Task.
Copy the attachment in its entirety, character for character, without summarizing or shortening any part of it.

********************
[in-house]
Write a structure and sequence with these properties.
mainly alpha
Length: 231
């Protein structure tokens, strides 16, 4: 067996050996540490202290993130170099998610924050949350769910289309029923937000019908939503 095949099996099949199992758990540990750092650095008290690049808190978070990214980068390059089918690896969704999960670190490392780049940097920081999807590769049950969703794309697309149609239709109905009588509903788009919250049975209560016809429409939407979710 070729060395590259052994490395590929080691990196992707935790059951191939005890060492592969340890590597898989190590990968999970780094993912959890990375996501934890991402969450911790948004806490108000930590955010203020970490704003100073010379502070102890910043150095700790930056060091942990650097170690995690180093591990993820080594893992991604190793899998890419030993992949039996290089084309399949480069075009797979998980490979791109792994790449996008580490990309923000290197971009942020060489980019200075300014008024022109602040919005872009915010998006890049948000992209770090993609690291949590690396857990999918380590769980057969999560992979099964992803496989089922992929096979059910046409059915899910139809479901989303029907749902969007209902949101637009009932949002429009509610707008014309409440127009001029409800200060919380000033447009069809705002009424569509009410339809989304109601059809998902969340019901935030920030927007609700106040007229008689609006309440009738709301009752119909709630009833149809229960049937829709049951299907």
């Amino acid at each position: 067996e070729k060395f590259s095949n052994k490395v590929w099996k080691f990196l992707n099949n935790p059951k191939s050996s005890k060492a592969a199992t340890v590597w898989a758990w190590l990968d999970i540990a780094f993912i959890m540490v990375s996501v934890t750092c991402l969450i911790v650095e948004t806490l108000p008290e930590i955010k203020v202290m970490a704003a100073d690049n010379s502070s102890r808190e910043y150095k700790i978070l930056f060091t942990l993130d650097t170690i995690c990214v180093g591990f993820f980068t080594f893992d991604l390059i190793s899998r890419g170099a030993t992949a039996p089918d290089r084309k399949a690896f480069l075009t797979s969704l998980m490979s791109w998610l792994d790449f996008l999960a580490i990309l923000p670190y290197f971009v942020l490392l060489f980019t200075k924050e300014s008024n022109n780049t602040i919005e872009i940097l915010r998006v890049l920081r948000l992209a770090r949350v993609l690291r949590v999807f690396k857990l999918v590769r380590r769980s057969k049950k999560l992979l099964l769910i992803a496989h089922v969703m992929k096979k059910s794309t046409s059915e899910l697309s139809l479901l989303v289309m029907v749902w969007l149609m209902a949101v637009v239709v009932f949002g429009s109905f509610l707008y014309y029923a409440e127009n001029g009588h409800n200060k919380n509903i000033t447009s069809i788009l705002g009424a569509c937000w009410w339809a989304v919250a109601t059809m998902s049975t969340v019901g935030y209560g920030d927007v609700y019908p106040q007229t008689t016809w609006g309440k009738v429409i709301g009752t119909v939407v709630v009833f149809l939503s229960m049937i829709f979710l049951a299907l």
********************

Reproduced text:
[in-house]
Write a structure and sequence with these properties.
mainly alpha
Length: 231
């Protein structure tokens, strides 16, 4: 067996050996540490202290993130170099998610924050949350769910289309029923937000019908939503 095949099996099949199992758990540990750092650095008290690049808190978070990214980068390059089918690896969704999960670190490392780049940097920081999807590769049950969703794309697309149609239709109905009588509903788009919250049975209560016809429409939407979710 070729060395590259052994490395590929080691990196992707935790059951191939005890060492592969340890590597898989190590990968999970780094993912959890990375996501934890991402969450911790948004806490108000930590955010203020970490704003100073010379502070102890910043150095700790930056060091942990650097170690995690180093591990993820080594893992991604190793899998890419030993992949039996290089084309399949480069075009797979998980490979791109792994790449996008580490990309923000290197971009942020060489980019200075300014008024022109602040919005872009915010998006890049948000992209770090993609690291949590690396857990999918380590769980057969999560992979099964992803496989089922992929096979059910046409059915899910139809479901989303029907749902969007209902949101637009009932949002429009509610707008014309409440127009001029409800200060919380000033447009069809705002009424569509009410339809989304109601059809998902969340019901935030920030927007609700106040007229008689609006309440009738709301009752119909709630009833149809229960049937829709049951299907």
């Amino acid at each position: 067996e070729k060395f590259s095949n052994k490395v590929w099996k080691f990196l992707n099949n935790p059951k191939s050996s005890k060492a592969a199992t340890v590597w898989a758990w190590l990968d999970i540990a780094f993912i959890m540490v990375s996501v934890t750092c991402l969450i911790v650095e948004t806490l108000p008290e930590i955010k203020v202290m970490a704003a100073d690049n010379s502070s102890r808190e910043y150095k700790i978070l930056f060091t942990l993130d650097t170690i995690c990214v180093g591990f993820f980068t080594f893992d991604l390059i190793s899998r890419g170099a030993t992949a039996p089918d290089r084309k399949a690896f480069l075009t797979s969704l998980m490979s791109w998610l792994d790449f996008l999960a580490i990309l923000p670190y290197f971009v942020l490392l060489f980019t200075k924050e300014s008024n022109n780049t602040i919005e872009i940097l915010r998006v890049l920081r948000l992209a770090r949350v993609l690291r949590v999807f690396k857990l999918v590769r380590r769980s057969k049950k999560l992979l099964l769910i992803a496989h089922v969703m992929k096979k059910s794309t046409s059915e899910l697309s139809l479901l989303v289309m029907v749902w969007l149609m209902a949101v637009v239709v009932f949002g429009s109905f509610l707008y014309y029923a409440e127009n001029g009588h409800n200060k919380n509903i000033t447009s069809i788009l705002g009424a569509c937000w009410w339809a989304v919250a109601t059809m998902s049975t969340v019901g935030y209560g920030d927007v609700y019908p106040q007229t008689t016809w609006g309440k009738v429409i709301g009752t119909v939407v709630v009833f149809l939503s229960m049937i829709f979710l049951a299907l």